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IEA Warnings are Old News for Renewable Energy Advocates

Jeff Siegel | Wednesday November 12th, 2008 | 0 Comments

The much anticipated International Energy Agency (IEA) report was released today, and basically told the world exactly what renewable energy advocates have been screaming from the rooftops for the past decade – energy demand is rising dramatically, and massive investment in new energy infrastructure development is an absolute necessity.
The IEA expects demand for oil to rise from 85 million barrels per day to106 million barrels per day by 2030. And in order to keep pace with demand, the agency noted that an energy supply investment of $1 trillion a year is necessary. That’s trillion – with a “T.”


So while water cooler debates will likely focus on how the necessary capital will materialize in order to invest in oil and gas production increases, we believe the real focus should be on how we can transition our transportation systems to avoid getting caught up any further in the oil depletion vortex.
The IEA report basically tells us that the days of cheap oil are over. Although the truth is, they’ve been over for quite some time. But with so much subsidization in place, it’s hard for the average consumer to know this. Just on security issues alone, the U.S. military shelled out $44 billion in 2007 to protect the oil supplies in the Persian Gulf. You may not see your share of that $44 billion at the pump – but you better believe that those are your tax dollars at work. And that’s just one security cost.
The IEA report also takes little time to review what I like to call the “What If’s.” What if we see a major supply disruption, like the one we saw roughly 30 years ago? According to a report issued by Milton Copulos, the former head of the National Defense Council Foundation, oil supply disruptions of the 1970s cost the U.S. economy between $2.3 and $2.5 trillion. The cost of such an event today however, could be as high as $8 trillion. That’s more than 60 percent of our annual GDP, or roughly $27,000 for ever person living in the United States. Of course the IEA report is focused on the global “big picture,” and not just the U.S. But we can’t just conveniently forget that the U.S. consumes 25 percent of the world’s oil reserves.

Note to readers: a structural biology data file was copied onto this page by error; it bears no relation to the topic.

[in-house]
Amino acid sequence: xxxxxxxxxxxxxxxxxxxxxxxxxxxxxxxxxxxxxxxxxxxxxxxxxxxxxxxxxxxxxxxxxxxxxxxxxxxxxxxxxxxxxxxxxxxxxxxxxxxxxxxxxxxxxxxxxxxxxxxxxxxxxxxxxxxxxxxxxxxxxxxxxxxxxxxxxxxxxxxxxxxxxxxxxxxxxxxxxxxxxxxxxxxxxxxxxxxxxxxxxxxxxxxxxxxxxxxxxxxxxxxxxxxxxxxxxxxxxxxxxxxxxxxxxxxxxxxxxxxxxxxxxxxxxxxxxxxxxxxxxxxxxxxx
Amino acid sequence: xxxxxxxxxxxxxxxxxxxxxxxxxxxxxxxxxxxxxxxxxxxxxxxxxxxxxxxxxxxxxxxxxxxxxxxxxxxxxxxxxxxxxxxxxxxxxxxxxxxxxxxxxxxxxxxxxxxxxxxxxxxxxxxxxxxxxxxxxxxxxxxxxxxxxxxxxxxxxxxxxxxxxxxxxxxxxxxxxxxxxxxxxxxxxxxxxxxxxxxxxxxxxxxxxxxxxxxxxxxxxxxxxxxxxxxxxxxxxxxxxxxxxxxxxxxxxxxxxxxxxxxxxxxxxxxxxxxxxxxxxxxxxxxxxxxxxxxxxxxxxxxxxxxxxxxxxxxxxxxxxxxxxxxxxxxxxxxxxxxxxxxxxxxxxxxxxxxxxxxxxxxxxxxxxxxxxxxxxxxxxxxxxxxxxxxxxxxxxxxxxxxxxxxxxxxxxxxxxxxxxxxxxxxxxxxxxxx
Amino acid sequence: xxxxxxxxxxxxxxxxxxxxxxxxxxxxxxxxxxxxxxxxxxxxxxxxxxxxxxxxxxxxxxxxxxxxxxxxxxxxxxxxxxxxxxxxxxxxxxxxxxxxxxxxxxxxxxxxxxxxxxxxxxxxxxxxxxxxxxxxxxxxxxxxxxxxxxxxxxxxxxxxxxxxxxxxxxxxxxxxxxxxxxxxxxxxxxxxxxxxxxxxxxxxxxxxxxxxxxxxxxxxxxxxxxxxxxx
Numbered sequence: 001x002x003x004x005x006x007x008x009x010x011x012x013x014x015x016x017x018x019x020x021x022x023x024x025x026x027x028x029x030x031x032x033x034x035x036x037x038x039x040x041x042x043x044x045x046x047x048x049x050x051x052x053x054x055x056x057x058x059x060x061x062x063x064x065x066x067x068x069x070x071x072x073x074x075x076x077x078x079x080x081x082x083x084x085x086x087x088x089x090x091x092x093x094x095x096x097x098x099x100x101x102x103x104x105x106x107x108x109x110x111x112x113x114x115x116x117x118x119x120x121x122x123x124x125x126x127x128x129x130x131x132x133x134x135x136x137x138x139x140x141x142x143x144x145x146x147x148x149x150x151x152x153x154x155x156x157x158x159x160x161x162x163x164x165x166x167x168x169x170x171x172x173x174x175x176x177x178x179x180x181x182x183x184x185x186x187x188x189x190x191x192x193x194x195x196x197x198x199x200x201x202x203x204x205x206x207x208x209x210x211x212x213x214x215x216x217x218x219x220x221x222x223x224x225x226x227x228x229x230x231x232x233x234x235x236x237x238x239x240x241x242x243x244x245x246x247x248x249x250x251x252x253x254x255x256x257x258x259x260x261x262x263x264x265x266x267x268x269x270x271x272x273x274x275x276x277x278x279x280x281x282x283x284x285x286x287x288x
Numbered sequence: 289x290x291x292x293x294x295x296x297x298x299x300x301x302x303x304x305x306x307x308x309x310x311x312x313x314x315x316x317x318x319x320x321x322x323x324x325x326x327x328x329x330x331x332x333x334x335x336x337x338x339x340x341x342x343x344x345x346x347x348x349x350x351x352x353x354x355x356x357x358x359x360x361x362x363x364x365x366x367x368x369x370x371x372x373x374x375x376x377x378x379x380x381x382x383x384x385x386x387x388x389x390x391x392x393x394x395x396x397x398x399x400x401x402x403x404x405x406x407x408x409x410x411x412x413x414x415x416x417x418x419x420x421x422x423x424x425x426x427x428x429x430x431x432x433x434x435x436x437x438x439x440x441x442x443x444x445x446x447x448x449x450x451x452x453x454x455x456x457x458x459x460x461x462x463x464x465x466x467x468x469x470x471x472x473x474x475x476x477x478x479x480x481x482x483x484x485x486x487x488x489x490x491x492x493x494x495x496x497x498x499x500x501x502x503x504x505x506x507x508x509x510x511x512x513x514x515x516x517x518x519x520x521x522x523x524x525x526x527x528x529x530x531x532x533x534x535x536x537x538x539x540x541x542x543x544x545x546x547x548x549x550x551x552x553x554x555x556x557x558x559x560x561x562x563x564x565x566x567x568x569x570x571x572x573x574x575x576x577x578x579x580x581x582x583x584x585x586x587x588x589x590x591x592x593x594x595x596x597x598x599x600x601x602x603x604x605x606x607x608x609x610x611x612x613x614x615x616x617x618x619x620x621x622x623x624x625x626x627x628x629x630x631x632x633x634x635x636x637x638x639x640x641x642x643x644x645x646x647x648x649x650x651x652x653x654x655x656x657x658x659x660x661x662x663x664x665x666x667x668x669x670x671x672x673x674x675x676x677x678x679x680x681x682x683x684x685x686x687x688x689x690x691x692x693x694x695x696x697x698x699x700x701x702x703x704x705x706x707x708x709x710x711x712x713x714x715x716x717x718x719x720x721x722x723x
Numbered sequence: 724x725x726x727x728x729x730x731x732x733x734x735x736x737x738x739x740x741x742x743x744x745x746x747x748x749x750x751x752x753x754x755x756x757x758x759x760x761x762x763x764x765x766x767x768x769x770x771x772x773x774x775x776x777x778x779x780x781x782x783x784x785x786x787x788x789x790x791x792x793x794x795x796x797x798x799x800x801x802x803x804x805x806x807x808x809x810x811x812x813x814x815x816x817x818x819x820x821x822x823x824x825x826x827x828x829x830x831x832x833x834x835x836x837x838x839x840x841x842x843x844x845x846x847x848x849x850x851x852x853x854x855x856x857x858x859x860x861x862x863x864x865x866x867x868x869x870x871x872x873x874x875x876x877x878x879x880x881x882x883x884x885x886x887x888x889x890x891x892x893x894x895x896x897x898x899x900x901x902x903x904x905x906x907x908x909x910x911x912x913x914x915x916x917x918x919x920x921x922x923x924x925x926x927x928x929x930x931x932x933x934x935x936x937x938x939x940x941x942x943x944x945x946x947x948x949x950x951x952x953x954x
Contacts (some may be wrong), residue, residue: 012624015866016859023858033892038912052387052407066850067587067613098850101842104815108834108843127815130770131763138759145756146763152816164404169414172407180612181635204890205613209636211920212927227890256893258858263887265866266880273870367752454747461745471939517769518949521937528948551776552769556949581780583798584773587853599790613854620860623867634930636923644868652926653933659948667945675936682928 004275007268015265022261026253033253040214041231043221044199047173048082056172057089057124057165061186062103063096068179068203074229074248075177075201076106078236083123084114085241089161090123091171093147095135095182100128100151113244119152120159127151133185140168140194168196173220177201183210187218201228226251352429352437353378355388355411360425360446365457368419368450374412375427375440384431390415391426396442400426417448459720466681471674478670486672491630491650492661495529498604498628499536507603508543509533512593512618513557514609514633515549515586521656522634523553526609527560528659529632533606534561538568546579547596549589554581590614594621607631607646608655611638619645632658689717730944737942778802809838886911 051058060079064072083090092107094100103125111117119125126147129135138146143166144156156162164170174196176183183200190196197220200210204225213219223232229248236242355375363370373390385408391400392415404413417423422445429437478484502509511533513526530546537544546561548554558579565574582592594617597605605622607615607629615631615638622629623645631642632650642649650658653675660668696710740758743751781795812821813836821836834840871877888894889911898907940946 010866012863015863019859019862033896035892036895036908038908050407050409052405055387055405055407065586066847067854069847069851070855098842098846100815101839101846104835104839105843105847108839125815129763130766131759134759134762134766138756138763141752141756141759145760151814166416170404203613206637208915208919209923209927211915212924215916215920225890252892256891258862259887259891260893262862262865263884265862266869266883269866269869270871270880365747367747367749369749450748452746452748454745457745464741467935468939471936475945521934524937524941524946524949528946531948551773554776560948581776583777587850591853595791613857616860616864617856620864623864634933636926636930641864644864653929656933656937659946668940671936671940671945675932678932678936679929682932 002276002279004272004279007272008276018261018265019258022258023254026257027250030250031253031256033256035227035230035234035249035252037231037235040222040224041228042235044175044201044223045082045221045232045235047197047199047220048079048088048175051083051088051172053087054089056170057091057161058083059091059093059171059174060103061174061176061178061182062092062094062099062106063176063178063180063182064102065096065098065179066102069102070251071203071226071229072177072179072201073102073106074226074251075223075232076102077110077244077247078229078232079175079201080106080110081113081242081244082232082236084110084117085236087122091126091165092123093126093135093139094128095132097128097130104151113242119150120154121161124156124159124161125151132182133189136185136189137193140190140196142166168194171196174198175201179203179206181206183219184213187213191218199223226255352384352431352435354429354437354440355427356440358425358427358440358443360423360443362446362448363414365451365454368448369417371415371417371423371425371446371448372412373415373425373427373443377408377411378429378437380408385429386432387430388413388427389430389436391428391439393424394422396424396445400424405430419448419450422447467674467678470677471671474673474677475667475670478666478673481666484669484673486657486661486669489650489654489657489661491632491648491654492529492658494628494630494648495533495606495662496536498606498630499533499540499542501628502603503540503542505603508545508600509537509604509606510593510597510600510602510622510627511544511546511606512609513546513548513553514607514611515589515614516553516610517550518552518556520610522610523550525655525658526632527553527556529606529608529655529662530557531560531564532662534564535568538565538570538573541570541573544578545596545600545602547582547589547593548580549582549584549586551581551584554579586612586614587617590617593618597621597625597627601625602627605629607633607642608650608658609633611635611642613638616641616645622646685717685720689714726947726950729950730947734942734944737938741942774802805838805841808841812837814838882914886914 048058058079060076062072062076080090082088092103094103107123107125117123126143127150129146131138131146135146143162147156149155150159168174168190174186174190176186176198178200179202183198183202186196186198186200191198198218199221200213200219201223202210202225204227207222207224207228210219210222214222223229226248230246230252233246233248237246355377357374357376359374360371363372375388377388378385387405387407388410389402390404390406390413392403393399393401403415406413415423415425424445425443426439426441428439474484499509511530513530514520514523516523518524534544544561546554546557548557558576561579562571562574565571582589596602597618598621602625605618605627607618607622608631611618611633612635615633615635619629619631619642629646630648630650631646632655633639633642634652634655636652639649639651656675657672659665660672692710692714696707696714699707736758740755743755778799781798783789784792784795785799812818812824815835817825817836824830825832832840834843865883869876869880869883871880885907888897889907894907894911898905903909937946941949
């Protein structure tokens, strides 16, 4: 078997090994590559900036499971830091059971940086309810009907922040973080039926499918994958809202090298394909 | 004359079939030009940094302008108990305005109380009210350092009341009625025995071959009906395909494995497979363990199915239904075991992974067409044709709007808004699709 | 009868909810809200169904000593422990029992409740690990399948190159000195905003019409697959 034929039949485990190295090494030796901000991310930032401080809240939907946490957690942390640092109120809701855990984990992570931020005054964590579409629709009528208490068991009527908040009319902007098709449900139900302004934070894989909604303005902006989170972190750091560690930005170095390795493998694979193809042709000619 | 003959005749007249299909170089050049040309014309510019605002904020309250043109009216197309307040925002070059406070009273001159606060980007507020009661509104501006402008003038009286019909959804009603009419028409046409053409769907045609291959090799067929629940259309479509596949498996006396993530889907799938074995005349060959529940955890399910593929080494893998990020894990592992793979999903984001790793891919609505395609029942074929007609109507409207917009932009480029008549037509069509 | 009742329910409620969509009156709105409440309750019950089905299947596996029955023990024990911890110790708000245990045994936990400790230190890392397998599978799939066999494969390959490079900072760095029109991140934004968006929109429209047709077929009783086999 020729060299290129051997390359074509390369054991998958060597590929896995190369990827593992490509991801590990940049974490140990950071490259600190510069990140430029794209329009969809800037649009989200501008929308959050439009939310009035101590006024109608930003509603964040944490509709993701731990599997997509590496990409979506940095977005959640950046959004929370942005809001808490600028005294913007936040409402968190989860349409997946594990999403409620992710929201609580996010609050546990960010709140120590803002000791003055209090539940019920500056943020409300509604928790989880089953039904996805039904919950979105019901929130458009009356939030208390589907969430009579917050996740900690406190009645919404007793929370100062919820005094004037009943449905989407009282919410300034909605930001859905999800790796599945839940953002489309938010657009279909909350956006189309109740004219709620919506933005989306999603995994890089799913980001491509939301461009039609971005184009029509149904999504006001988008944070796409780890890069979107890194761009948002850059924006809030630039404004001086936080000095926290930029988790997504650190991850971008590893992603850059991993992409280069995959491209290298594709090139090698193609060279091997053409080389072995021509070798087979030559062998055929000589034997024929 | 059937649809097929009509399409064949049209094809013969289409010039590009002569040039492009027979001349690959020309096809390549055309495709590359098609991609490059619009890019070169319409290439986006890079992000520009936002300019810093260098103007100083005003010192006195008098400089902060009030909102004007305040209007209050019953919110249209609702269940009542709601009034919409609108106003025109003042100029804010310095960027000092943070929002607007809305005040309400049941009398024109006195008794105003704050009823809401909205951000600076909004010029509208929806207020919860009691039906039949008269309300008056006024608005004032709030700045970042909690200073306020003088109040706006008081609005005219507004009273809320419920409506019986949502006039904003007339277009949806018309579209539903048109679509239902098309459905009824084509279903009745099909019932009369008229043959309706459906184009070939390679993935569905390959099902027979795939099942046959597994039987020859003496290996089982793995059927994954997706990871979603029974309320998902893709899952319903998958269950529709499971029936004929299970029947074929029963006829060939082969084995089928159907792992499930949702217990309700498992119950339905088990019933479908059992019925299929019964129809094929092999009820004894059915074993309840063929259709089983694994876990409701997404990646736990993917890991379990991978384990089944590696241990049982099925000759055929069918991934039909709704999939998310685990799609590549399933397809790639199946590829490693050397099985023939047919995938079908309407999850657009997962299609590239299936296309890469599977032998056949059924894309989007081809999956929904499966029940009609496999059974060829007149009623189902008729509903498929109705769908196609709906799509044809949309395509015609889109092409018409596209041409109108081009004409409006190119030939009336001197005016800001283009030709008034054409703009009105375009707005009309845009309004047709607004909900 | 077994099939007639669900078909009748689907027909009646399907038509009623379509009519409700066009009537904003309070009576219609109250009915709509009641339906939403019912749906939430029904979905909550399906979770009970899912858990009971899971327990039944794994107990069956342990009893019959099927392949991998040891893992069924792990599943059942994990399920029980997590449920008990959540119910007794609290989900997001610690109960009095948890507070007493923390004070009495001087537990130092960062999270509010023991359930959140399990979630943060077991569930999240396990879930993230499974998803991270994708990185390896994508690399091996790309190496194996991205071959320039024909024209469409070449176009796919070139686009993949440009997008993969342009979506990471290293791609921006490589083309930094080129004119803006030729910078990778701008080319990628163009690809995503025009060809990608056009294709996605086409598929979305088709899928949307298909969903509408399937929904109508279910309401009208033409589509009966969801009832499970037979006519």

Either way, logic dictates that we should not allow this latest IEA report to provide an excuse to ramp up investment for increased oil production. Not when the basic fundamentals of supply and demand simply do not favor oil as our primary source of transportation fuel. As it stands, the global peak of oil production is expected to occur between 2010 and 2013. This isn’t something that’s going to happen twenty or thirty years from now. This is likely going to happen in less than five years. And it’s going to happen with or without attempts to tap more oil. Of course, the major international oil companies are not investing in future production as had been hoped anyway. What else can you expect when even with new technology, there has been no improvement in recovery. In fact, wells drilled over the last few years have nearly doubled, but production has remained flat.
My friends, the solution is not chasing after every last drop of oil we can get our hands on. The solution is building a transportation system that doesn’t rely primarily on oil. A combination of electric and plug-in hybrid electric vehicles, a massive upgrade and expansion of our mass transit systems, and further development of biofuels that use non-food feedstocks, like cellulose and algae, can not only lessen our dependence on foreign oil – but can actually enable a new generation of wealth and prosperity.
We have the technology, we have the labor (especially with a 6.5 percent unemployment rate) and we certainly have a valid reason to do this yesterday. The only question now is: Will our leaders in Washington have the cojones to stand up to the old guard of fossil fuel cheerleaders and lobbyists, shut down their decades-long free ride, and redirect those tax dollars to a new, vibrant energy infrastructure? If they do, the private capital will flow like we’ve never seen before – and there will be no more excuses for continued complacency. Not even recessionary fears or tightening credit will be able to stop it.
But this has to happen immediately. If we continue to wait around and entertain the arguments of overpaid lobbyists and self-absorbed talk show hosts that are only seeking to muddy the waters and deter progress, we can officially chalk ourselves up as a second-rate nation sucking off the teat of an unsustainable future.
Let’s hope it doesn’t come to that.


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